Newborns Are Basically Baby Mathematicians, According To New Research

It's a known fact that babies are magical. They're cute, they're tiny, and they smell good. Well, sometimes. But, all in all, babies are pretty great, and they have the ability to warm even the coldest of hearts. However, no one ever really associates babies with being particularly smart. Until now, that is. Turns out, as a recent study has found, newborns are basically baby mathematicians, and what these researchers mean by that actually makes a lot of sense.

Yes, new research has found that, "Newborn babies seem to have a rudimentary sense of numbers, preferring smaller numbers on the left and larger ones on the right," as explained of a recent study. In order to understand how humans understand numbers and their values, Rosa Rugani and a team at the University of Padua, Italy, looked at newborn babies no older than 55 hours and gave them a series of tests in order to track their eye movements when looking at number sequences.

Basically, the researchers found that babies can understand smaller numbers versus larger numbers based on the fact that their eyes moved to the left when looking at smaller numbers, and to the right when looking at bigger numbers, just like numbers are typically listed in the Western world.

You read that right: Babies are a lot smarter than the world previously gave them credit for. According to the study, here's exactly what the study found:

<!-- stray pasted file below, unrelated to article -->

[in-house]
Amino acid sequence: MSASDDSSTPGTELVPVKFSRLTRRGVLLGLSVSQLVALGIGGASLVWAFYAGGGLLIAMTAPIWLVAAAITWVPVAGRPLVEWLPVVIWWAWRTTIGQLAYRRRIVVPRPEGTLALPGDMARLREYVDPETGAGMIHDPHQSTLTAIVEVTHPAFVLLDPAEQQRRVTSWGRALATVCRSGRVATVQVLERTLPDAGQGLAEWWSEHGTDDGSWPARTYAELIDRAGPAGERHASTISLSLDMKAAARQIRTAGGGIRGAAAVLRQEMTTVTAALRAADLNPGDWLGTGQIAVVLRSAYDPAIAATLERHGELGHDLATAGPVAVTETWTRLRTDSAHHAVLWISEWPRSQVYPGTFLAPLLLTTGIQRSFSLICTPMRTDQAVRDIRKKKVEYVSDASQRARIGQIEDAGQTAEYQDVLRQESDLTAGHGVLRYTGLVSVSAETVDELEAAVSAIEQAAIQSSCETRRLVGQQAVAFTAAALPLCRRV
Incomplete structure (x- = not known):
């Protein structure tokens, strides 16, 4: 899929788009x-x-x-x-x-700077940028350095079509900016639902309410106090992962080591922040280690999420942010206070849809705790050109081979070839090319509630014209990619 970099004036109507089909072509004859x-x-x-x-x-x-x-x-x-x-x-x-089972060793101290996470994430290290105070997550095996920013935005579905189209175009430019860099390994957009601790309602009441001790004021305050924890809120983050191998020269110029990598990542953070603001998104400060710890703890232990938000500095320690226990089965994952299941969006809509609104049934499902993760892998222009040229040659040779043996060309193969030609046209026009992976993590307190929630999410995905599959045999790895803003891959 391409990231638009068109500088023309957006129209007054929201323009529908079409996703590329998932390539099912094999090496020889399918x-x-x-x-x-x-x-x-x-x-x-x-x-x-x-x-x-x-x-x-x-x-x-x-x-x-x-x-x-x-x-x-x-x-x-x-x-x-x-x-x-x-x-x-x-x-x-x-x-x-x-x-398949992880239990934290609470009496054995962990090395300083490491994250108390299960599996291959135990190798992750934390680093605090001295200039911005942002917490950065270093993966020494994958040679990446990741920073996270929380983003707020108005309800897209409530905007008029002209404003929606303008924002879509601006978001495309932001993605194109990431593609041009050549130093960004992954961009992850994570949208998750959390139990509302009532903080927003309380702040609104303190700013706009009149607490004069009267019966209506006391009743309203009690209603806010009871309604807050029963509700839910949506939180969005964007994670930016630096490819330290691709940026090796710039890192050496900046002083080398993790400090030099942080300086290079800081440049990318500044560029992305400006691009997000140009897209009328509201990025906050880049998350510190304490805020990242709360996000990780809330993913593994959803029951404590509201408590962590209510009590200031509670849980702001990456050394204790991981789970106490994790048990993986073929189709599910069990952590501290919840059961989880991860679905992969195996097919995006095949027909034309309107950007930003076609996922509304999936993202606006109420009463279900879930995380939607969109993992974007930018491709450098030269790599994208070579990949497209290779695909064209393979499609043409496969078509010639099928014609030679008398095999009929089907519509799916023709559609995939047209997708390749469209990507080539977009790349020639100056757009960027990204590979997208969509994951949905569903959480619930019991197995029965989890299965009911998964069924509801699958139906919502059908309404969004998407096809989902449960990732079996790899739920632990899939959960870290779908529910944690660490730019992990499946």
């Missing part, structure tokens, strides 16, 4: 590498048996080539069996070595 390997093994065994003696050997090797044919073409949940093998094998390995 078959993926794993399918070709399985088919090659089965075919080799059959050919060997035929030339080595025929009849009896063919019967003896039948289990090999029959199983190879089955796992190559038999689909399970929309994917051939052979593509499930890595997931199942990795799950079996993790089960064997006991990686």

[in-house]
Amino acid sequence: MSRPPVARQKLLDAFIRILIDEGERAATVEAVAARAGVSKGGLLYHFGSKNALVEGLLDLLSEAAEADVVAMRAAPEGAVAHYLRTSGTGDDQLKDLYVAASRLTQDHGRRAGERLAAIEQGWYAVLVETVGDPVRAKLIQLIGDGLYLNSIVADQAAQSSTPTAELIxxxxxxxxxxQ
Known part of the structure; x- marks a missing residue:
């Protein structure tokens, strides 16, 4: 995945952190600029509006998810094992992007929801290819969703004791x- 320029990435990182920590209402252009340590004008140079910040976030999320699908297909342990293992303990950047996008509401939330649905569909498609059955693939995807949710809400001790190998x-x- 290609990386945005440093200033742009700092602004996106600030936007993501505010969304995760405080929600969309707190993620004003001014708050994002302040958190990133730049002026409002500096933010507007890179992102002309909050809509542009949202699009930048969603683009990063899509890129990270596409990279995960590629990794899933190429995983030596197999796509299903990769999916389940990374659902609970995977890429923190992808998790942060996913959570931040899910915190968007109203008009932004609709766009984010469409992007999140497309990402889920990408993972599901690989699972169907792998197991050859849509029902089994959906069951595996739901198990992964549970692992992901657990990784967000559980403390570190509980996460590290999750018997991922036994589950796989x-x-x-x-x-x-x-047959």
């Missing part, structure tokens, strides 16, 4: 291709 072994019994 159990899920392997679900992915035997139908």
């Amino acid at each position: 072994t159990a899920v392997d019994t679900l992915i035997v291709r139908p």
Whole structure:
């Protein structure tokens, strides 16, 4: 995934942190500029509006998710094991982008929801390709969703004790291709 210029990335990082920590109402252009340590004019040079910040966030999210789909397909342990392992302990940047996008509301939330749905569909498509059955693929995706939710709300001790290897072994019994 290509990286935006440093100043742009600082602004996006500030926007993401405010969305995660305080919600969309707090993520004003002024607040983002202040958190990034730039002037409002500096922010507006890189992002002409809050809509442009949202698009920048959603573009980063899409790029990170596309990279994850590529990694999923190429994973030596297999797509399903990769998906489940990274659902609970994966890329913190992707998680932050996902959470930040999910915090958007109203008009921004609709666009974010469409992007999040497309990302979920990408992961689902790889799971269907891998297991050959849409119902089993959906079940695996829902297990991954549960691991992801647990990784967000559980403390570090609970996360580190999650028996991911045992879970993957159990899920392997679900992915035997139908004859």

Control on continuous physical variables showed that the effect was specific of discrete magnitudes. Hence, soon after birth humans associate smaller numbers with the left space and larger numbers with the right space. These results constitute strong evidence that in our species SNA originates from pre-linguistic and biologically precursors in the brain.

In layman's terms, the study basically found that humans are predisposed into associating larger numbers with the right side, and smaller numbers on the left side. Previously, researchers assumed that this was a case of nurture, not nature. But, this research seems to suggest the opposite is true.

Of course, it's also important to note that this is only one study, done in Italy, with very small sample size of only 24 babies, so there is a margin for error and a larger study could find something a bit different. And, as noted, if the same study were done in a country where numbers were read from right to left, it is "possible that an experiment in an Israeli hospital might produce different results."

But logistics aside, this new study is seriously awesome, and just goes to show that babies really are smart — and might be capable of a lot of more, intellectually, than simply providing endless hours of cuteness.